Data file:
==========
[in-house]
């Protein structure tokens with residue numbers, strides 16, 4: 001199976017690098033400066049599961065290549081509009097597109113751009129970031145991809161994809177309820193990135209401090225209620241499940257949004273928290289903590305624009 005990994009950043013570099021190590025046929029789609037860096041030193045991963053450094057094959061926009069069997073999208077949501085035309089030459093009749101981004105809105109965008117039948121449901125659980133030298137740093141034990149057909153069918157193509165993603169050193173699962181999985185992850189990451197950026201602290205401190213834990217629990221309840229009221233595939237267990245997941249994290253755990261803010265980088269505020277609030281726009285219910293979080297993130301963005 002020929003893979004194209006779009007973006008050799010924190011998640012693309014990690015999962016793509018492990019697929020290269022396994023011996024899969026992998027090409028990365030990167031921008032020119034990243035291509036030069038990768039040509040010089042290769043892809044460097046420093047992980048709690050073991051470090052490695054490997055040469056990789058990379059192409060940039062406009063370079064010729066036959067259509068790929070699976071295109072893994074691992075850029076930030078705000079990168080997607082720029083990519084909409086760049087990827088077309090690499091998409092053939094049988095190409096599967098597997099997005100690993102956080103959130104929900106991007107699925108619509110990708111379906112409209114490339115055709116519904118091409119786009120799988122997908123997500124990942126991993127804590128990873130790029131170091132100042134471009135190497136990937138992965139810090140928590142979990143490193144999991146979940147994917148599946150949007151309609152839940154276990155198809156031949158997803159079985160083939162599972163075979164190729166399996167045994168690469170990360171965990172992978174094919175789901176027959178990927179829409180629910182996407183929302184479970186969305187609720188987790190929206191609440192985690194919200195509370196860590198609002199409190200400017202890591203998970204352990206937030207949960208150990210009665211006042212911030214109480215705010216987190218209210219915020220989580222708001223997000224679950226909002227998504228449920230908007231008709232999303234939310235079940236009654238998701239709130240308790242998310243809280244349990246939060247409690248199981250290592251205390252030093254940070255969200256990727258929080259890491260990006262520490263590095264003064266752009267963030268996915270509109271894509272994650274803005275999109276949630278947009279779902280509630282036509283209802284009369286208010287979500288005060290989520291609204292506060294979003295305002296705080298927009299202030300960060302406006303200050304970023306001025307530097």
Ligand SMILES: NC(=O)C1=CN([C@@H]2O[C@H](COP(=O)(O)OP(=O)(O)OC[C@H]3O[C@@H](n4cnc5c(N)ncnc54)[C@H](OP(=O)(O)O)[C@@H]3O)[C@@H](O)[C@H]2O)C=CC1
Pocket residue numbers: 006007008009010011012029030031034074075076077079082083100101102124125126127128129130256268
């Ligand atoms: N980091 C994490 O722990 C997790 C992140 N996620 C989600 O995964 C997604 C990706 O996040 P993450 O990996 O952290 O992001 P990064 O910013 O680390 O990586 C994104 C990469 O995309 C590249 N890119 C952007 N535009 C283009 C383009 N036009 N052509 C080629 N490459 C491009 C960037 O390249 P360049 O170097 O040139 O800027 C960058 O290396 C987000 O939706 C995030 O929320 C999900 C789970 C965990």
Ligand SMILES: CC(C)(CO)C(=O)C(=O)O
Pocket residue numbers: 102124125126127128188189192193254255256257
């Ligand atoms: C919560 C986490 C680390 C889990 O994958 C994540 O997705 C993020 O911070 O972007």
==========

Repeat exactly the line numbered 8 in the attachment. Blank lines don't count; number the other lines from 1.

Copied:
């Ligand atoms: C919560 C986490 C680390 C889990 O994958 C994540 O997705 C993020 O911070 O972007």